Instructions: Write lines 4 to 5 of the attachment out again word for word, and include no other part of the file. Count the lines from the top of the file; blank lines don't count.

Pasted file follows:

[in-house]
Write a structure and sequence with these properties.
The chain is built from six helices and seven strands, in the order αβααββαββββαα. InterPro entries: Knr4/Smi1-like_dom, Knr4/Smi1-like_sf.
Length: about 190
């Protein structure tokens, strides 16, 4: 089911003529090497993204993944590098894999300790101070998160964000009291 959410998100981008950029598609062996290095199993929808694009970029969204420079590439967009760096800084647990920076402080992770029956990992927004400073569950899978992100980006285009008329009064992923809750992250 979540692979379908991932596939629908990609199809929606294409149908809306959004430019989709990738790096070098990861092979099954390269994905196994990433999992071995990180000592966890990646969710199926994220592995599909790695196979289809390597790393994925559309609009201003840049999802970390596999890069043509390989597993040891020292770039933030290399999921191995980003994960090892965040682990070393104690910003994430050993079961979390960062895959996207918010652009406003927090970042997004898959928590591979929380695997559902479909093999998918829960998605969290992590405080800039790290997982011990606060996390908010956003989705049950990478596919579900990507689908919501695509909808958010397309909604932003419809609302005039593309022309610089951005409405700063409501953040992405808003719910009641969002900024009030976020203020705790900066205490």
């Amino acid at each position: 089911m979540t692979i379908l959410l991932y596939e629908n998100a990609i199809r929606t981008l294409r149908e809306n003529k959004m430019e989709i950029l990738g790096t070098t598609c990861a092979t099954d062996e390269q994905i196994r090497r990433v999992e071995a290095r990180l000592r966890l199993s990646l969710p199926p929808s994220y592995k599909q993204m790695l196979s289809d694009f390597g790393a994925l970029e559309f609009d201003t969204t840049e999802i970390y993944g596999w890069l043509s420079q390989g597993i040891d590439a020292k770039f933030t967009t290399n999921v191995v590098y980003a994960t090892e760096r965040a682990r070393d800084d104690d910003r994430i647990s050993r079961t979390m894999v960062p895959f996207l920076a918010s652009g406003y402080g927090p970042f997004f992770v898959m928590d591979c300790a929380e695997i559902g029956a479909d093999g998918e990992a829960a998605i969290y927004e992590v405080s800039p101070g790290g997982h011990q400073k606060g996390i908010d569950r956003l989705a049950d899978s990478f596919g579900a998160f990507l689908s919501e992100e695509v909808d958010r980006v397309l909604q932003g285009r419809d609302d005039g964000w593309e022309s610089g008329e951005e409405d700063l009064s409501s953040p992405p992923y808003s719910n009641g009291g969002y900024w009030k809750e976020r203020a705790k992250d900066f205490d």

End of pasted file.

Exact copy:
Length: about 190
């Protein structure tokens, strides 16, 4: 089911003529090497993204993944590098894999300790101070998160964000009291 959410998100981008950029598609062996290095199993929808694009970029969204420079590439967009760096800084647990920076402080992770029956990992927004400073569950899978992100980006285009008329009064992923809750992250 979540692979379908991932596939629908990609199809929606294409149908809306959004430019989709990738790096070098990861092979099954390269994905196994990433999992071995990180000592966890990646969710199926994220592995599909790695196979289809390597790393994925559309609009201003840049999802970390596999890069043509390989597993040891020292770039933030290399999921191995980003994960090892965040682990070393104690910003994430050993079961979390960062895959996207918010652009406003927090970042997004898959928590591979929380695997559902479909093999998918829960998605969290992590405080800039790290997982011990606060996390908010956003989705049950990478596919579900990507689908919501695509909808958010397309909604932003419809609302005039593309022309610089951005409405700063409501953040992405808003719910009641969002900024009030976020203020705790900066205490």